by Ardeth DeVries

When an animal friend dies, it’s really hard, isn’t it?

Our society allows us to grieve openly when a human friend or family member dies, but when an animal friend leaves his or her body sometimes the grieving rules change. If we aren’t able to grieve in a way that is helpful, we’re left feeling very alone in our sadness and sense of loss. Even though every situation is different, and we all have to deal with our own sorrow, these thoughts may help you put your grieving energy to positive use:

  • Bury the body (or scatter the ashes) in a special place in your yard, and plant flowers or a tree to mark the spot. If you do this you’ll have a living memorial to your animal friend. After all, it’s your companion’s life with you that you want to remember and celebrate, not the end of the physical experience.
  • If you find that you have no one to talk with about your friend, sit down and write your loving companion a letter. Allow the words that don’t come easily in conversation to find their way to paper. Write down everything you feel. Tell your friend how much he or she meant to you. Thoughts and feelings have a way of finding their way Home regardless of how they’re expressed. Trust me; your friend will hear you.
  • If you have pictures of your companion, put together a photo montage. Every picture will conjure up a memory you don’t want to lose. This activity can be very therapeutic and reinforce the knowledge that you shared a wonderful life together.
    Take walks in the places you and your companion favored. This is a particularly good healing experience if your friend was ill and not able to walk very well toward the end. If you really focus, you’ll see your friend bouncing alongside or racing ahead in perfect health. Allow yourself to feel your friend’s presence, and know that his or her spirit is with you.
  • Think about everything your friend has taught you. Think about the lessons of pure love, devotion, patience, friendship, intuitive understanding, acceptance, playfulness and joy that you never would have learned if you hadn’t been willing to welcome an animal into your life.
  • If you have any regrets or “hindsight guilties,” put them to rest by understanding that animals never judge. You don’t need to indulge in this senseless activity either. To think all kinds of: “If only I had… I wish I hadn’t… Why didn’t I…?” thoughts only prolongs your sadness and creates frustration over what can’t be changed. Regardless of the circumstances of your friend’s death, know that all of your actions were accepted with understanding and without judgment. If you think your friend left too soon, cherish the quality of your relationship without being sad about a life you feel was too short. Animals live in the moment, and it’s important that you believe every moment you shared with your friend is significant.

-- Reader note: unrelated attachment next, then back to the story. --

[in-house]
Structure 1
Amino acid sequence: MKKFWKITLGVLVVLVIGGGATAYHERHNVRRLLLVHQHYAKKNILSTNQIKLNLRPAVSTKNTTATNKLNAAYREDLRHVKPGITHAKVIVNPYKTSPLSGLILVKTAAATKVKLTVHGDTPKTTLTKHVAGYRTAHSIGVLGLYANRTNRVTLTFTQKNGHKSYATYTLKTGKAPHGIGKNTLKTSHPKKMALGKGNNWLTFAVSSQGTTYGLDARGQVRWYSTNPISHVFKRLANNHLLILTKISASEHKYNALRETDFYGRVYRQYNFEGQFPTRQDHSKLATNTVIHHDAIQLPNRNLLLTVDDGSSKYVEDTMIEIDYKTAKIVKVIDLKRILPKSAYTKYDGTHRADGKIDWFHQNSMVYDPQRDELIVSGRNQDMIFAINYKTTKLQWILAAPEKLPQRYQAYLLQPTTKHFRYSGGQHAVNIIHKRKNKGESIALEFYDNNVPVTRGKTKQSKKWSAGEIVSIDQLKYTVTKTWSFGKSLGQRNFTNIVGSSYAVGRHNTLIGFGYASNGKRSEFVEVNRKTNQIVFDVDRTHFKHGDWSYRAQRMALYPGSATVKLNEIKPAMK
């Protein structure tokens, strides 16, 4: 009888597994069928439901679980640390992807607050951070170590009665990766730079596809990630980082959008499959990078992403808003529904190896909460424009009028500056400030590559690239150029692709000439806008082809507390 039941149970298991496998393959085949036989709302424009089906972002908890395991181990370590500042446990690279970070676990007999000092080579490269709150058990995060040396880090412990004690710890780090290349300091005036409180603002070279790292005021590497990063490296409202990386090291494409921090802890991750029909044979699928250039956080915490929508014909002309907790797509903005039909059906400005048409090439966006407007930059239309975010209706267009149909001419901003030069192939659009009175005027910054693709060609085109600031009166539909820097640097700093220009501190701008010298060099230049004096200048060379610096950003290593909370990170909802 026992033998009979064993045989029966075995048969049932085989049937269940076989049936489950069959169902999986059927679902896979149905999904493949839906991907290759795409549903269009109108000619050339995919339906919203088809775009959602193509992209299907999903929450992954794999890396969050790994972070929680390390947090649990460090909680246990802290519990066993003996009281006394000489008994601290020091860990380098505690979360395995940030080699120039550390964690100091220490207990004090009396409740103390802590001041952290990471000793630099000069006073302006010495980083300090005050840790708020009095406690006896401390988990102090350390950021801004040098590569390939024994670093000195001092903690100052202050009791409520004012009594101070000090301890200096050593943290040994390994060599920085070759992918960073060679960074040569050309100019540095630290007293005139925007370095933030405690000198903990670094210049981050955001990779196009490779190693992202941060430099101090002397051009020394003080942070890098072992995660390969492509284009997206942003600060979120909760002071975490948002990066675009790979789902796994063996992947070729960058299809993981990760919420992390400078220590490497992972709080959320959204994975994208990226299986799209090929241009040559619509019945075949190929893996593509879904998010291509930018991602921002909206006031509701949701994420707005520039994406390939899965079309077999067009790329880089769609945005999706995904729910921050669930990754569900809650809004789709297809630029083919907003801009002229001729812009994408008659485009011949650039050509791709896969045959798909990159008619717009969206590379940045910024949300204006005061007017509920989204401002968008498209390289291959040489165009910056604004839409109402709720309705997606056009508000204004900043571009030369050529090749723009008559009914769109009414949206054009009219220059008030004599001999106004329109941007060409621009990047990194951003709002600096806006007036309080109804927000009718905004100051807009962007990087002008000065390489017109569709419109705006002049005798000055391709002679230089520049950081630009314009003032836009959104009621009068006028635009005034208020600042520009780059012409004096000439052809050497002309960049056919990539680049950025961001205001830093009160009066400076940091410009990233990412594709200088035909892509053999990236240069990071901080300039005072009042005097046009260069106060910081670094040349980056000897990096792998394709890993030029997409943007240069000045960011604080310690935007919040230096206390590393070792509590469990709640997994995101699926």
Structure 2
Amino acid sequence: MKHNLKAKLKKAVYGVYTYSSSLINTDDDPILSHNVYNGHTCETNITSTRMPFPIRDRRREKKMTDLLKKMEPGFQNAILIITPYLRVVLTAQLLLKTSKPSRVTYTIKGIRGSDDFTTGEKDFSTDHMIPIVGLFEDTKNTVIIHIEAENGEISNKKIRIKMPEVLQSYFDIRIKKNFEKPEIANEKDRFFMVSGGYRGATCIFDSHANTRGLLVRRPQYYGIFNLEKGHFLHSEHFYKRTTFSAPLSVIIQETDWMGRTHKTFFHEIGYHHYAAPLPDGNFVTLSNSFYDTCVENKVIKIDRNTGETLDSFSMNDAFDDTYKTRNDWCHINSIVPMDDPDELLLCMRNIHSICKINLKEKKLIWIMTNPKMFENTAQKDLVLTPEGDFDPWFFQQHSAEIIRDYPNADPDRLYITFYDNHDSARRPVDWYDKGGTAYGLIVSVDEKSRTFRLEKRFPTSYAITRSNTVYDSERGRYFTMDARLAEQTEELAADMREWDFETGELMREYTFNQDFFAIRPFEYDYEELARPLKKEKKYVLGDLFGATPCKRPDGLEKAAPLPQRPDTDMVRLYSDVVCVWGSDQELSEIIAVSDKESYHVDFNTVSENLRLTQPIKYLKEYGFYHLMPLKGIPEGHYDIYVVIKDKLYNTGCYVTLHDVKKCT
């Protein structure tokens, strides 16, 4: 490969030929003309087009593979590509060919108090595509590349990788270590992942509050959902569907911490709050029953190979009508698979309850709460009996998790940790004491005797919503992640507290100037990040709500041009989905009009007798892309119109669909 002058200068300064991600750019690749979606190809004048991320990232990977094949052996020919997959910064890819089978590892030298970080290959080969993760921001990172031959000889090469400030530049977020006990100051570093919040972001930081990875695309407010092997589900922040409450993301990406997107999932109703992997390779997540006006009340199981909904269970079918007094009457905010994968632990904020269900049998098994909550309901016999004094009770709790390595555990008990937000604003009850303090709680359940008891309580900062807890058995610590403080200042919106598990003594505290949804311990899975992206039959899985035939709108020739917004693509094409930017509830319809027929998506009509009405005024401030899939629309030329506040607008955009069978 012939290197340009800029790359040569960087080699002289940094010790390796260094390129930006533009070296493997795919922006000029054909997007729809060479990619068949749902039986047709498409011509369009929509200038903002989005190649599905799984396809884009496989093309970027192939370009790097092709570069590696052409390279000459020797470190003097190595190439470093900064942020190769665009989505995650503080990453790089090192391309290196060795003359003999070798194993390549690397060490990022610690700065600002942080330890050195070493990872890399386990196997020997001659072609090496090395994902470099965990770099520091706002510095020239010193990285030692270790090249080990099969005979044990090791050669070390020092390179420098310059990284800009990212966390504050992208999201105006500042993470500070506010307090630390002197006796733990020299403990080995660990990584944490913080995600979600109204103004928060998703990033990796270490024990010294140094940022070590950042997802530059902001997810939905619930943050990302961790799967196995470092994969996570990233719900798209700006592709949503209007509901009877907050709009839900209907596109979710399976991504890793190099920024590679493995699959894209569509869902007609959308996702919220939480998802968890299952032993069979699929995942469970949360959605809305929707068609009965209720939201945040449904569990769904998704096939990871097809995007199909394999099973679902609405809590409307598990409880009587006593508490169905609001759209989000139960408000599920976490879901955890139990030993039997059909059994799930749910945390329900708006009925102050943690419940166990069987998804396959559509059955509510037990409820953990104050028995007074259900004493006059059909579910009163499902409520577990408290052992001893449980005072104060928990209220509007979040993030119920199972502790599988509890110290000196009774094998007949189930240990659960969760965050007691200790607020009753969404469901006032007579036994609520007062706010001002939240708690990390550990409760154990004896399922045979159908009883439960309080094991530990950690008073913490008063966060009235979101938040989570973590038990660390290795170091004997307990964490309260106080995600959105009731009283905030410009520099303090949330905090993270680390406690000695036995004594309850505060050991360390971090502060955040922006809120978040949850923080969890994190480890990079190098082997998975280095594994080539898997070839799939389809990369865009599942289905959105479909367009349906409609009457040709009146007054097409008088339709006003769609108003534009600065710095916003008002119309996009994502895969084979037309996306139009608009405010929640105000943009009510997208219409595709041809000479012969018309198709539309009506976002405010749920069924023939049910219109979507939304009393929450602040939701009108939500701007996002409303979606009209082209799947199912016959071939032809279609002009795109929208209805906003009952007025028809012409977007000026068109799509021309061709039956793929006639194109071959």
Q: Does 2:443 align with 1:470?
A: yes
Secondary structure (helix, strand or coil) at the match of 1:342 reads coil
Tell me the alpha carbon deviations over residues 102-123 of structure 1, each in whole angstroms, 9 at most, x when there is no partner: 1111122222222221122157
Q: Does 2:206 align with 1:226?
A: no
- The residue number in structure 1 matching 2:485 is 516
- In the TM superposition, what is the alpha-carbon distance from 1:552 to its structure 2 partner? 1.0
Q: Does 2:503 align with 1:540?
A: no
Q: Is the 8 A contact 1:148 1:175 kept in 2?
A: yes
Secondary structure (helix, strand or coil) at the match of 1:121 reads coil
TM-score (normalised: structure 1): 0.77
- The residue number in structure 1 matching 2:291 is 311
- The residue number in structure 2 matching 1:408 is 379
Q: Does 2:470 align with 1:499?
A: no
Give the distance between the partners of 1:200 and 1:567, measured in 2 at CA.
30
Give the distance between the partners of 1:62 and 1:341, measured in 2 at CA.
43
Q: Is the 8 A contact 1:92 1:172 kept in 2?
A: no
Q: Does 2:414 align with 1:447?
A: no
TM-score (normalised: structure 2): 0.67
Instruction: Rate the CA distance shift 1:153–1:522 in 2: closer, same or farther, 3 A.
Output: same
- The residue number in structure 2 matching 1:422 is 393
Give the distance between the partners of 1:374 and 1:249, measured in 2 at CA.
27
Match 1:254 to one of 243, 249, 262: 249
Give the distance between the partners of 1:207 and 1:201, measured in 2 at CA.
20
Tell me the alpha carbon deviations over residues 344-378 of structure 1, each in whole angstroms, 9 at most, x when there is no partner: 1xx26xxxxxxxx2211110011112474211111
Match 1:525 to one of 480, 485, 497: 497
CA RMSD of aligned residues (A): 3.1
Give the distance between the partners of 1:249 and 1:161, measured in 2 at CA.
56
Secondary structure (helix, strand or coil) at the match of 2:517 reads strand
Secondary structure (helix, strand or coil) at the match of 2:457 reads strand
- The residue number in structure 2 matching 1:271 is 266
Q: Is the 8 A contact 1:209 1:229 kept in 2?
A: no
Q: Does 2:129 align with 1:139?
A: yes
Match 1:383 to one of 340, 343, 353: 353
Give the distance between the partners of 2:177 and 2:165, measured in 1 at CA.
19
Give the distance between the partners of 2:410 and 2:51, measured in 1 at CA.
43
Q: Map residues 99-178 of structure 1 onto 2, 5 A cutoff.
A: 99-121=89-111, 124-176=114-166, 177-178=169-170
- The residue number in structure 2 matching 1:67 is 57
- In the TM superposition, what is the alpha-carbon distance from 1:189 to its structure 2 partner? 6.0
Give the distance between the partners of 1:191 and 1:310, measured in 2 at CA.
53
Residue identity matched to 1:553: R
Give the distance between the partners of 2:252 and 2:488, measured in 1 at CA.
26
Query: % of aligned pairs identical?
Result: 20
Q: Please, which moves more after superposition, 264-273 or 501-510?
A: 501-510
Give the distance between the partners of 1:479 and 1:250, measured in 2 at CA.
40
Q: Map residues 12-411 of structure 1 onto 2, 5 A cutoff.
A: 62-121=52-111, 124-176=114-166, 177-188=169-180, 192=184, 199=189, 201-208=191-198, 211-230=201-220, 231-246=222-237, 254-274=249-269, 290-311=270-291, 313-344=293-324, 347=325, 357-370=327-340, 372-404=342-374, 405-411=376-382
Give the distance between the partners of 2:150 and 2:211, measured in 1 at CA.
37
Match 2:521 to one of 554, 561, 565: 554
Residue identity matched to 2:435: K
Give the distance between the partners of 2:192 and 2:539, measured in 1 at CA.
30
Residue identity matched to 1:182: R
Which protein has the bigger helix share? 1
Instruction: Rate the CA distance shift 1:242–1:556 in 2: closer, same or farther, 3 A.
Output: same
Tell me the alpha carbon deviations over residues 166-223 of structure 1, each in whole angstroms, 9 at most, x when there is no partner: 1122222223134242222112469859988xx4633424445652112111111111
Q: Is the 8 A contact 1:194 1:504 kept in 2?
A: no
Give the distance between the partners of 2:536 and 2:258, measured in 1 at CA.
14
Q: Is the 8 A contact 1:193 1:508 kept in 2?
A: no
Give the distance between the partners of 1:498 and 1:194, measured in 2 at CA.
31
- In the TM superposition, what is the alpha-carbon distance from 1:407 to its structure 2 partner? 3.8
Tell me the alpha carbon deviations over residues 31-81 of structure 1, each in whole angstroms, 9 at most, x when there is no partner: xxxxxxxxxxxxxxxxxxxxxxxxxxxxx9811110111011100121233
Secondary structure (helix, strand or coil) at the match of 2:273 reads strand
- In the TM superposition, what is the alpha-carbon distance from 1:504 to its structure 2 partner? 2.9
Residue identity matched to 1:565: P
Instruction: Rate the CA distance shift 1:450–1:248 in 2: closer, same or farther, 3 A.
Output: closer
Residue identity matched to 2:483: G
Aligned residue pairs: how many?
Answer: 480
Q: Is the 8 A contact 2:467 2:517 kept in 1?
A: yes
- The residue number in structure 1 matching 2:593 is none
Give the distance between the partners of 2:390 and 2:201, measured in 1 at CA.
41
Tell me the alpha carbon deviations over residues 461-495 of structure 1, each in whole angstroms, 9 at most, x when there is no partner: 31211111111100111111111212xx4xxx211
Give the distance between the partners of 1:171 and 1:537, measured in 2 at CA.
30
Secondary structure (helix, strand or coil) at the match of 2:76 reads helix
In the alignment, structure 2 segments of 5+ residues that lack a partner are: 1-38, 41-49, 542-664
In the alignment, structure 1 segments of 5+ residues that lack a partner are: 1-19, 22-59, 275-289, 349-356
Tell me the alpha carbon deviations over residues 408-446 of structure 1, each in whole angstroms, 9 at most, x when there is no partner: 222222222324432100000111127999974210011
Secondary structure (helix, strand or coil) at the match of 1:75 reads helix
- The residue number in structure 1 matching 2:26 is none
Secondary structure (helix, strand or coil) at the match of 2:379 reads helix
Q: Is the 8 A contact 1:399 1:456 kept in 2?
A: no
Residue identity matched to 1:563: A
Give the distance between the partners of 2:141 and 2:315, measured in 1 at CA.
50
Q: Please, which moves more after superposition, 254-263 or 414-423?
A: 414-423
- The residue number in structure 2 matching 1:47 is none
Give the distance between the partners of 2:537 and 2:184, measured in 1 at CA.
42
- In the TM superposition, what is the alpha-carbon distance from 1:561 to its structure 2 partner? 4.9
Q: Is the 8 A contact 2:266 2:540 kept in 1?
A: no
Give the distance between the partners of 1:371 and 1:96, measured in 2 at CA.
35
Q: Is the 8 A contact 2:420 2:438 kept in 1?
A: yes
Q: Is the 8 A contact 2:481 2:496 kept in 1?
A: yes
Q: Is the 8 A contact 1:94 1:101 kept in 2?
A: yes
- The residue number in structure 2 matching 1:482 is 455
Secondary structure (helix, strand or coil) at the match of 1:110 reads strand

• Understand that death means nothing to an animal. It’s just change. The death of your friend’s body allows your companion to move on to his or her next expression of spirit. What matters is that you know you’ve sent your friend Home with love, and that forever kind of love defies any boundaries or limitations.
  • Finally, please don’t say that you’ll “never have another” animal in your life because dealing with the death of an animal friend is too hard. To make this kind of pronouncement does a great dishonor to your friend and never allows you to use what you’ve learned. There are so many animals wherever you are as you read this that would welcome the opportunity to love and be loved. Visit your nearby shelter and see who might be there just waiting for you. Allow another animal to touch your heart. You’ll know when you’re ready. And when you are, don’t be surprised if you hear a familiar voice whispering “Go on, pick him. You’re gonna love her. I’ll bet he likes to play ball too. She needs you. Share our love with your new friend.”